Riding Snowflakes is a production exploring the nanoscale universe projected on digital-domes (planetariums) funded by NSF and created by RPI. A teacher’s guide provides experiments and activity-based lessons for to introduce, reinforce and expand upon key concepts presented in the show.

Generating the molecular worlds described in the screenplay entailed a wide range of challenges in statistical mechanics, molecular modeling, and simulation. To create a truly immersive portal into the nanoscale universe required simulations of a massive scale and complexity – an entirely unusual request for the chemical and biological engineers and scientists involved in the project. The creation of a believable and cinematic molecular landscape to visualize the plot twists and dramatic tension of the story posed a host of new creative challenges for the collaborating scientists. Their involvement in this work has brought about insights that will hopefully spark a breakthrough in the very real worlds of energy, environment, and health.

Related: MoleculariumNanoscale Science and Engineering EducationNanotechnology EducationNanotech and other science webcasts

Scientists and Engineers Without Borders

Posted on January 30, 2007  Comments (2)

Building on the Doctors without Borders organization are two organizations: Science without Borders and Engineers without Borders.

Science Without Borders:

Scientists may not provide emergency relief in times of disaster, but the discipline has a major role to play in meeting the chronic needs of our planet: health, agriculture, environment, energy, and many more. By creating Scientists Without Borders, the Academy aims to facilitate synergies among institutions already committed to the UN Millennium Development Goals as well as to unleash the energy of thousands of scientists in academia and industry. With the benefit of the best and most current information, they can apply their efforts to training health workers and researchers in developing countries or devote part of their research efforts to address underserved global challenges.

Engineers Without Borders (USA):

The activities of EWB-USA range from the construction of sustainable systems that developing communities can own and operate without external assistance, to empowering such communities by enhancing local, technical, managerial, and entrepreneurial skills. These projects are initiated by, and completed with, contributions from the host community working with our project teams.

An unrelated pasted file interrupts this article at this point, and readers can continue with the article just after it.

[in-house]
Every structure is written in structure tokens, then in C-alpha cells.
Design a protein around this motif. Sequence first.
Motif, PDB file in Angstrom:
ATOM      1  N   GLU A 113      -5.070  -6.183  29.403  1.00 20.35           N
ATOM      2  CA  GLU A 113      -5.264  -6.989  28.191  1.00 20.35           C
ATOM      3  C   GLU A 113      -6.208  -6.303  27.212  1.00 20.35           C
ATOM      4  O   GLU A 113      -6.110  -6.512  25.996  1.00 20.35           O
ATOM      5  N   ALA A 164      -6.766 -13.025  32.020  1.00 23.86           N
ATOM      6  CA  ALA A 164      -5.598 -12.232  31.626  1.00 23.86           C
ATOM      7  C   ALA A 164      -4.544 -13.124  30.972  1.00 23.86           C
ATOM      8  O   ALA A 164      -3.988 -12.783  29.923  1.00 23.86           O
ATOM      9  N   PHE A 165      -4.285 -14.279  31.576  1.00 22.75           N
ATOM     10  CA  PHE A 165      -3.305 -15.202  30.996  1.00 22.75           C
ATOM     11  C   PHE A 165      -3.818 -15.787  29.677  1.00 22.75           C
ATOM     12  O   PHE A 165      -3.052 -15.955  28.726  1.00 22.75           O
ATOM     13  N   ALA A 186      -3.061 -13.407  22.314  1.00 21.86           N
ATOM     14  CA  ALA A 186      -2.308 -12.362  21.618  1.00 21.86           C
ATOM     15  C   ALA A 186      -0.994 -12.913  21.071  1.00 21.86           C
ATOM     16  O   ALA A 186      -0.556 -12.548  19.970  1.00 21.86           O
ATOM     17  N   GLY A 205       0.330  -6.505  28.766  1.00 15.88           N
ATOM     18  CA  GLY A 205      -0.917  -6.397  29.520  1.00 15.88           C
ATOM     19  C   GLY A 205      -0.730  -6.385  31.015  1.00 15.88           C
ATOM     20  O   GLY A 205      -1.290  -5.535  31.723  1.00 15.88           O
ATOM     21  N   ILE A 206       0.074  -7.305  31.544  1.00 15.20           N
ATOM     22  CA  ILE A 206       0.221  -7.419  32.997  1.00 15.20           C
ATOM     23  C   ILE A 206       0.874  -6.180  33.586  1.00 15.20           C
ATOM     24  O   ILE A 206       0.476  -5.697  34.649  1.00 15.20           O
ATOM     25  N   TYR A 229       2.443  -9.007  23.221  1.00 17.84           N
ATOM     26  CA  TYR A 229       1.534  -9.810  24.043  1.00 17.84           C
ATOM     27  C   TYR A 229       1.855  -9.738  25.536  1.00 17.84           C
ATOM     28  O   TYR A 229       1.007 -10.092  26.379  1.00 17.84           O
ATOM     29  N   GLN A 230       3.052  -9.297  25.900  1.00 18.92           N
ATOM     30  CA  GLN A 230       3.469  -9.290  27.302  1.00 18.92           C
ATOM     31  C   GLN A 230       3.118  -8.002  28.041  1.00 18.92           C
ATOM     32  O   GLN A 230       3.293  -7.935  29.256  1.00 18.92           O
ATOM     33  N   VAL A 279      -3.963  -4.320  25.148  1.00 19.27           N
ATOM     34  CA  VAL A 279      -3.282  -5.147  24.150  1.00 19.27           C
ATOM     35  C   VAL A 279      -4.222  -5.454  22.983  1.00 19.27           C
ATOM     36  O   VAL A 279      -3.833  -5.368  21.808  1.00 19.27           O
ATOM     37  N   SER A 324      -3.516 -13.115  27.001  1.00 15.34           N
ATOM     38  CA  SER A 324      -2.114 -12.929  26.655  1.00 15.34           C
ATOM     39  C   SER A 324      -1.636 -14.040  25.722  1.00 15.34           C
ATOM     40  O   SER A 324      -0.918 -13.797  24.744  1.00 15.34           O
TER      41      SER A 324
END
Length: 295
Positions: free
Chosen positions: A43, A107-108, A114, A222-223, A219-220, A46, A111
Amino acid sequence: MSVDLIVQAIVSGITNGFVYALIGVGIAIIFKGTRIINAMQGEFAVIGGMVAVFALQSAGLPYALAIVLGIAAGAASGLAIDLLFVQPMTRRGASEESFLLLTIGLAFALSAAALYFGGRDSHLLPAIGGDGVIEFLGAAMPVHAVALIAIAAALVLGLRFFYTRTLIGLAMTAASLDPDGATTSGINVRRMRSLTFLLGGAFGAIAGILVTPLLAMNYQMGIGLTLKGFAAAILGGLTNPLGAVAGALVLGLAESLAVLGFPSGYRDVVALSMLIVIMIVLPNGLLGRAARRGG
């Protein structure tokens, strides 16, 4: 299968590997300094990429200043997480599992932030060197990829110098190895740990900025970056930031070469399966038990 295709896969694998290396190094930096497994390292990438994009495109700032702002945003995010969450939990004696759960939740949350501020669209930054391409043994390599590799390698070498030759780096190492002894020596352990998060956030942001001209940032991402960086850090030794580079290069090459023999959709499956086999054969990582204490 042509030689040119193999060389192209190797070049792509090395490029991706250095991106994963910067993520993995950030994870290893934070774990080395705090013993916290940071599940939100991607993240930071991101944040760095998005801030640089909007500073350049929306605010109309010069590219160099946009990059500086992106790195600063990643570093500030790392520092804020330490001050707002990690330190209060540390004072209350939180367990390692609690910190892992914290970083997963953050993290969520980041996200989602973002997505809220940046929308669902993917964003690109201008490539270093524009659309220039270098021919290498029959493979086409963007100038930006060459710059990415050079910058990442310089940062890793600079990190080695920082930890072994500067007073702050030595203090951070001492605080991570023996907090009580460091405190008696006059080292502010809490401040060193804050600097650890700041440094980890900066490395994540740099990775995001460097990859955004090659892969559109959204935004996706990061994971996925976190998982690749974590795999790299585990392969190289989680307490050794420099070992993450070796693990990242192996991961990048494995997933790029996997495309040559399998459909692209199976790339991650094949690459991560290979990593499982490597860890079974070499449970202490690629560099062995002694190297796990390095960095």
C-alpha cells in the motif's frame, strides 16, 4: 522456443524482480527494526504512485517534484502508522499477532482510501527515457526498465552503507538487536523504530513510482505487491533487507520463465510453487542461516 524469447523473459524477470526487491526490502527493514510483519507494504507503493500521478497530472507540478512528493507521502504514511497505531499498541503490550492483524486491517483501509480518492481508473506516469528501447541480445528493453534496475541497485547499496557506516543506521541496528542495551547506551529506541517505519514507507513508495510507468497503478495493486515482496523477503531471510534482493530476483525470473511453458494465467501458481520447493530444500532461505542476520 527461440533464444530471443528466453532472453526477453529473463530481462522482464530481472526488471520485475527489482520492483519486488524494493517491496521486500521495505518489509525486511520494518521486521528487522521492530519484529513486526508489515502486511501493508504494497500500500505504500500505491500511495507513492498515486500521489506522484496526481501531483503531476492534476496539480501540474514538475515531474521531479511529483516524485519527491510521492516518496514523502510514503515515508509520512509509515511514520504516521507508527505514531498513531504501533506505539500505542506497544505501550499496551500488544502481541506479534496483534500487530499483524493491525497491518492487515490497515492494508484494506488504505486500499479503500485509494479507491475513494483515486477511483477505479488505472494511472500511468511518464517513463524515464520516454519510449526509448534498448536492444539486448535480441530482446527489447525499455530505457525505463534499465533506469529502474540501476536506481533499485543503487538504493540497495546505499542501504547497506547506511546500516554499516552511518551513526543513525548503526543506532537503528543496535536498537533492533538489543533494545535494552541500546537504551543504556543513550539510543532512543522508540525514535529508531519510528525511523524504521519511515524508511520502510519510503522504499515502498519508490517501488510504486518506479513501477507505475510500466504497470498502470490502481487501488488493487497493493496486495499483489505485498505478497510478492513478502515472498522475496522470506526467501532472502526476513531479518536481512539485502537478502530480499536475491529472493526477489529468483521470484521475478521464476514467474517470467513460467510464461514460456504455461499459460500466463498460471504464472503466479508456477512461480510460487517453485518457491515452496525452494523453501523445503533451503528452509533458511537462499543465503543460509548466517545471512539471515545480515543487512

Related: Engineers without Borders – InternationalClean Water Filter

Educating the Engineer of 2020: NAE Report

Posted on January 29, 2007  Comments (5)

Educating the Engineer of 2020:

The BS degree should be considered as a pre-engineering or “engineer in training” degree.

I am not convinced of this idea. It seems to me a BS degrees in engineering should be a full degree not some “pre” degree like pre-law. Obviously no engineering degree is an invitation to stop learning; life long learning is a requirement whether the engineering degree is earned in 4, 6, 8… years. Improving the life long learning methods is where effort should be focused in my opinion not in making the original degree take longer to earn.

The engineering education establishment should participate in efforts to improve public understanding of engineering and the technology literacy of the public and efforts to improve math, science and engineering education at the K-12 level.
NSF should collect or assist collection of data on program approach and student outcomes for engineering departments/schools so prospective freshman can

These seem like good ideas to me.

Related: Educating Engineers for 2020 and Beyond (speech)Global Engineering Education StudyEducating Scientists and EngineersApplied Engineering EducationMIT Engineering Education Changes